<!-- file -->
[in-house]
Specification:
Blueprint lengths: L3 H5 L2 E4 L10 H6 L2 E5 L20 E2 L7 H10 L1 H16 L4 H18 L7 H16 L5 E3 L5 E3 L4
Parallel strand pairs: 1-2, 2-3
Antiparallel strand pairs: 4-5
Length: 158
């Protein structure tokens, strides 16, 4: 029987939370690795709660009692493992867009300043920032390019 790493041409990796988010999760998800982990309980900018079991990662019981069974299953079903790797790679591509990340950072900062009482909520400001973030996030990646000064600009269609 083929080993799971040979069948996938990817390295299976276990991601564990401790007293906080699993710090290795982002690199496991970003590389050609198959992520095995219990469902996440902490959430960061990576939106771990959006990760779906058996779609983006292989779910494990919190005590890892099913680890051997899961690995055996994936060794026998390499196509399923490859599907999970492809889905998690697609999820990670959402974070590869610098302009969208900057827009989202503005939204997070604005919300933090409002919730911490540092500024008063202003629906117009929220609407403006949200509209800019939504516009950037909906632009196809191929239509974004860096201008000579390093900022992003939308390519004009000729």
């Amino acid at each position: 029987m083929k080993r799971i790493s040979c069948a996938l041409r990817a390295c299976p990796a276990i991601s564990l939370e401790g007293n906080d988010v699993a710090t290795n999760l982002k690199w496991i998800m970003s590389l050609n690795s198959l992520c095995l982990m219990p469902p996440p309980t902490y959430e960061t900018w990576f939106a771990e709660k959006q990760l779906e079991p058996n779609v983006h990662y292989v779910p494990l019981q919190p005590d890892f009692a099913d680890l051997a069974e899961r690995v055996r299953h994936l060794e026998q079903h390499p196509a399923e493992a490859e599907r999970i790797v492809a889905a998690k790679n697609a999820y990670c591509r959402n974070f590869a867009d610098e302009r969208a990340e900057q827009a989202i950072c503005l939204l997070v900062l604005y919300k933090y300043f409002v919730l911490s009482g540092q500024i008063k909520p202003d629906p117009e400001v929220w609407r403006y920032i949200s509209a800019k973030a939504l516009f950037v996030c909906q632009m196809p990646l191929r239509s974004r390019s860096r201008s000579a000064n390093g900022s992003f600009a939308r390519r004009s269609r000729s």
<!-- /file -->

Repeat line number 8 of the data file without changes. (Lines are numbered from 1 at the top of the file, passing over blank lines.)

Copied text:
């Amino acid at each position: 029987m083929k080993r799971i790493s040979c069948a996938l041409r990817a390295c299976p990796a276990i991601s564990l939370e401790g007293n906080d988010v699993a710090t290795n999760l982002k690199w496991i998800m970003s590389l050609n690795s198959l992520c095995l982990m219990p469902p996440p309980t902490y959430e960061t900018w990576f939106a771990e709660k959006q990760l779906e079991p058996n779609v983006h990662y292989v779910p494990l019981q919190p005590d890892f009692a099913d680890l051997a069974e899961r690995v055996r299953h994936l060794e026998q079903h390499p196509a399923e493992a490859e599907r999970i790797v492809a889905a998690k790679n697609a999820y990670c591509r959402n974070f590869a867009d610098e302009r969208a990340e900057q827009a989202i950072c503005l939204l997070v900062l604005y919300k933090y300043f409002v919730l911490s009482g540092q500024i008063k909520p202003d629906p117009e400001v929220w609407r403006y920032i949200s509209a800019k973030a939504l516009f950037v996030c909906q632009m196809p990646l191929r239509s974004r390019s860096r201008s000579a000064n390093g900022s992003f600009a939308r390519r004009s269609r000729s």